Sex, Lies, and Hillsdale
How the conservative college is dealing with the aftermath of a scandal.
Nov 29, 1999, Vol. 5, No. 11 • By TUCKER CARLSON
BY THE FIRST WEEK of November it had become clear to the people who run Hillsdale College that the school's president, George Roche III, would have to step down. Roche's daughter-in-law, Lissa Roche, had recently shot herself to death on campus. Rumors that she and Roche had been having an affair were about to make the papers. To mitigate the impending public relations disaster, Hillsdale's board of trustees asked two prominent conservatives -- William F. Buckley Jr. of National Review and former education secretary William Bennett -- to serve on a search committee charged with finding Roche's replacement. Hours before Roche's resignation, Bennett received a call from Hillsdale's director of external affairs, Ronald Trowbridge. Are the rumors about Roche true? Bennett asked. No doubt in my mind, Trowbridge replied. Satisfied that the college was handling the scandal in a straightforward manner, Bennett agreed to lend his name to Hillsdale's search for a new president.
Roche left Hillsdale on November 10. Last Monday, less than a week later, Trowbridge and Bennett spoke again. Bennett had by this time learned more about Roche's relationship with his daughter-in-law and had heard credible allegations about other women, including a student at Hillsdale. He was disturbed by the college's clumsy attempts to cover all this up. Bennett asked Trowbridge what was going on. Well, Trowbridge said, it turns out that reports of President Roche's affair with Lissa Roche are in all likelihood false, just malicious rumors. Huh? said Bennett. What about our last conversation, the one where you said Roche was guilty? Trowbridge didn't respond directly. Instead, he made reference to "the number of lies" Lissa Roche had told him over the years, implying that she had been pathologically dishonest, an untrustworthy nut case who imagined a two decade-long sexual relationship with her son's grandfather.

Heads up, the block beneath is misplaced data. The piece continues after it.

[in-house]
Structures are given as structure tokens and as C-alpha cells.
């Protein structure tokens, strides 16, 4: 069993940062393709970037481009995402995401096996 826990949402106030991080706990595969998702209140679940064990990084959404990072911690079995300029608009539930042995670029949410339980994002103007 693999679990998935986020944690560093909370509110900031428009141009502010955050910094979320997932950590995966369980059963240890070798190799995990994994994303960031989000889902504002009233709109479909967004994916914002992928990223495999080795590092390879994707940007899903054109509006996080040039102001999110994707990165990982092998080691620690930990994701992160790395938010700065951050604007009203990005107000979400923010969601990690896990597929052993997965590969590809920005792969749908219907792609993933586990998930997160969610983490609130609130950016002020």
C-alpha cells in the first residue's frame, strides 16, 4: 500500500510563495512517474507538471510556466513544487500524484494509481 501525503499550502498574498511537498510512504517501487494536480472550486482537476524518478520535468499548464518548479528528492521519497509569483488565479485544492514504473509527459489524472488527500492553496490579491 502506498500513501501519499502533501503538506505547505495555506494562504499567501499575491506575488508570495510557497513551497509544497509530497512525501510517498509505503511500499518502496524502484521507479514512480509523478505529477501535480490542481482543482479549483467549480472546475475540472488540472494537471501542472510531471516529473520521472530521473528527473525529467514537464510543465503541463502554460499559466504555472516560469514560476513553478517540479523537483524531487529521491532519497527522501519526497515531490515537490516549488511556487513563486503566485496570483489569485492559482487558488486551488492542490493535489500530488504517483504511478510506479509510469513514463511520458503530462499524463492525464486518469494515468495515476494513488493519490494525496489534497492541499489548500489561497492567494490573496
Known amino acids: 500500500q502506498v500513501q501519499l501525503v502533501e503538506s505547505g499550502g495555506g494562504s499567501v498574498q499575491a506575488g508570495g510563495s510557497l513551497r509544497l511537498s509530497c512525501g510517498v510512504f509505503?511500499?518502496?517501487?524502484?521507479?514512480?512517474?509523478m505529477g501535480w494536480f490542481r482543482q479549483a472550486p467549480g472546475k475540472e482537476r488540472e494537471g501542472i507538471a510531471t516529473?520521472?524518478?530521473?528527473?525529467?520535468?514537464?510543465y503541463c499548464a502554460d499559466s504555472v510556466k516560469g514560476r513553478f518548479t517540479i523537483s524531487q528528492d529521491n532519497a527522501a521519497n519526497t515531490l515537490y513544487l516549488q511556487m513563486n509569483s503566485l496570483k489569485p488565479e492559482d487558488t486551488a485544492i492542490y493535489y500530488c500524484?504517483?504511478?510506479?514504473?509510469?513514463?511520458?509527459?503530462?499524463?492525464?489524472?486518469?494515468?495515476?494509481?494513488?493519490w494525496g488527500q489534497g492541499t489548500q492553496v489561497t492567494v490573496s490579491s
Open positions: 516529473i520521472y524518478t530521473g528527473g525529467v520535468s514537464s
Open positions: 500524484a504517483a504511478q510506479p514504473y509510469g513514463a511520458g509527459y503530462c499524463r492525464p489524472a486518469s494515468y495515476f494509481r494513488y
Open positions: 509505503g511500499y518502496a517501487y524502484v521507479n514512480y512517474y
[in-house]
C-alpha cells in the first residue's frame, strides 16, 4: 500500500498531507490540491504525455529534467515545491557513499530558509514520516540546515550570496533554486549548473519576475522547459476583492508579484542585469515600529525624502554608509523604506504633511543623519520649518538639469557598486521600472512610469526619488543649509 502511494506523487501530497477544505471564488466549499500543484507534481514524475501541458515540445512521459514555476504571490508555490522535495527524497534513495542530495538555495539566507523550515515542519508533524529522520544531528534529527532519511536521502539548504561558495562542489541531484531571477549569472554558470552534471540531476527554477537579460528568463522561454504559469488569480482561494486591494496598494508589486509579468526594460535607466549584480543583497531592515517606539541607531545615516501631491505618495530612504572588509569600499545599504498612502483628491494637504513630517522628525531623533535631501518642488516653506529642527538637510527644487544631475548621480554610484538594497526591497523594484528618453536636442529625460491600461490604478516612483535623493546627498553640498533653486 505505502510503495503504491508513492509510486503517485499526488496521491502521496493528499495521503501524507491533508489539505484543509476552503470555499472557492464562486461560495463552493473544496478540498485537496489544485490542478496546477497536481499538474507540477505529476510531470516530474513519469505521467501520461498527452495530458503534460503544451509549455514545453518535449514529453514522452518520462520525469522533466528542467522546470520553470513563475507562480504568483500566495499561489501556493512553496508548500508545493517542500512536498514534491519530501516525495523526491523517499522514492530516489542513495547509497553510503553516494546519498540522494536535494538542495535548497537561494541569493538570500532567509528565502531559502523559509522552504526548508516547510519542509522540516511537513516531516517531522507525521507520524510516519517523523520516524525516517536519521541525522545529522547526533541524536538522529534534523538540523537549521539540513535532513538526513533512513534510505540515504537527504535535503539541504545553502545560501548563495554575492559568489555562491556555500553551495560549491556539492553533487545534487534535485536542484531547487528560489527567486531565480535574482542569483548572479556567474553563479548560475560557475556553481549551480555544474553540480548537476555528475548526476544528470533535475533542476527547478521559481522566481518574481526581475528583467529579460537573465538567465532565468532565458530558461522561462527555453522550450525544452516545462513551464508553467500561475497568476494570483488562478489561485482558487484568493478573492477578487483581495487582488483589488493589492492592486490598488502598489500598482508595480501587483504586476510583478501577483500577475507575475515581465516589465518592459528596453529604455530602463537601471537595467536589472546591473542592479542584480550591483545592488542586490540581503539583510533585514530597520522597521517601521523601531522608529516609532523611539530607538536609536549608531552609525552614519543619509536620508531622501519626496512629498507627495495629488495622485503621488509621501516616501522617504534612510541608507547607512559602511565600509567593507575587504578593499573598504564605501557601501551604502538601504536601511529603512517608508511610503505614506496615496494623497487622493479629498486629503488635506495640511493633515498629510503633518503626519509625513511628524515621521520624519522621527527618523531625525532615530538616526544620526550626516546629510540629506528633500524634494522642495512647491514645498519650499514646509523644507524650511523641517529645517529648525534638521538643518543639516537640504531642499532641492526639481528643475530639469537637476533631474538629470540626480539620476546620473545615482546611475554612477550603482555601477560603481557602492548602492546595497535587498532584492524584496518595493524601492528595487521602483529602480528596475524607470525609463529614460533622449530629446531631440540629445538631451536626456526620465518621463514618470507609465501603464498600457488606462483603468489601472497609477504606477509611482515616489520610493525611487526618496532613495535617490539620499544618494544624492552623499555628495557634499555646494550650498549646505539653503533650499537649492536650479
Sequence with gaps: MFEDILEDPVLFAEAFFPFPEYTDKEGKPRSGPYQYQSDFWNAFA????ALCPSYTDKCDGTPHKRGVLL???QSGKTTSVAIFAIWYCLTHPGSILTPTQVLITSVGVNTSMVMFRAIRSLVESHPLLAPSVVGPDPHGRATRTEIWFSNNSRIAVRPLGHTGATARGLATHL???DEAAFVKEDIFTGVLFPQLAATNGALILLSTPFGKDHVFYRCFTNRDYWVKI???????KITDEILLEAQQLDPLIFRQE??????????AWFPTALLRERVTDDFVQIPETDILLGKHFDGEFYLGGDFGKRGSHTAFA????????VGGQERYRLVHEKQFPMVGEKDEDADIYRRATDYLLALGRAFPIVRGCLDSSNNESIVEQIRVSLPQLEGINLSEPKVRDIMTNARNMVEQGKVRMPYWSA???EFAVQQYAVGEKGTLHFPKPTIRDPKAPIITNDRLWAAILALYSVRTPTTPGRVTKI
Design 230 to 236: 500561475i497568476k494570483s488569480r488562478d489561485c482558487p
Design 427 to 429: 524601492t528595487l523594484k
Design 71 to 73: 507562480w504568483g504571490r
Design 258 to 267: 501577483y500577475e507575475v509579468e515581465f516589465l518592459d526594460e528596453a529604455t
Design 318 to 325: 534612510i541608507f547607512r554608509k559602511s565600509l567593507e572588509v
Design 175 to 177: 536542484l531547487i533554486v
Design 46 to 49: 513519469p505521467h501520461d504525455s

Bennett was appalled. The following day he resigned as co-chairman of the search committee. "If the college believes that George Roche III is innocent," Bennett wrote in a statement, "then it has an obligation to find out the truth as a condition of clearing his name." In interviews with reporters, Bennett raised the obvious question: If there is a possibility that Roche was falsely accused, why did the board of trustees force him to retire from his job of 28 years and leave the campus? If there were any doubt of his guilt, wouldn't that be grossly unfair?
In other words, there are only two options: Either George Roche III did something terrible, or Hillsdale's trustees did. Yet Hillsdale's administration continued to insist that all sides behaved honorably. Last week, the college sent its contributors a letter announcing Roche's departure. Signed by board chairman Donald Mossey, the reassuring letter went on for two full pages without mentioning the scandal, or even giving a reason for Roche's retirement. "George leaves Hillsdale with a record of distinguished achievement," Mossey wrote.
Not everyone was convinced. Calls poured in to the college from alumni and donors wondering what was going on. One of them came from Russell Fuhrman, a Hillsdale donor from Dubuque, Iowa. Last week Fuhrman called Ron Trowbridge and spoke to him at length about the Roche scandal. "Ron was bitter," Fuhrman recalls, and for good reason. As Trowbridge explained to Fuhrman, Roche -- contrary to widespread and "libelous" rumors -- actually retired from Hillsdale for health reasons. After 28 years of tireless work on behalf of the college, Trowbridge implied, Roche's body finally gave out. George Roche: He gave his health for Hillsdale.
At about the same time Trowbridge was trying (unsuccessfully) to spin Russell Fuhrman, the Hillsdale PR department was busy faxing out a new statement on the Roche affair. Written by Trowbridge, it may have been the most inept attempt at damage control ever produced by an academic institution. "The matter is more complex than the world realizes," he wrote, "and circumstantial evidence, that perhaps I alone know firsthand, leads in contrary directions on the charge of adultery." Trowbridge saved the weirdest for last. "I have heard rumors of Lissa's abortion and allegations of George's affairs with students," he revealed. "I have never had one scintilla of evidence that these rumors are true. It is to me entirely conceivable that George Roche is a condemned innocent man."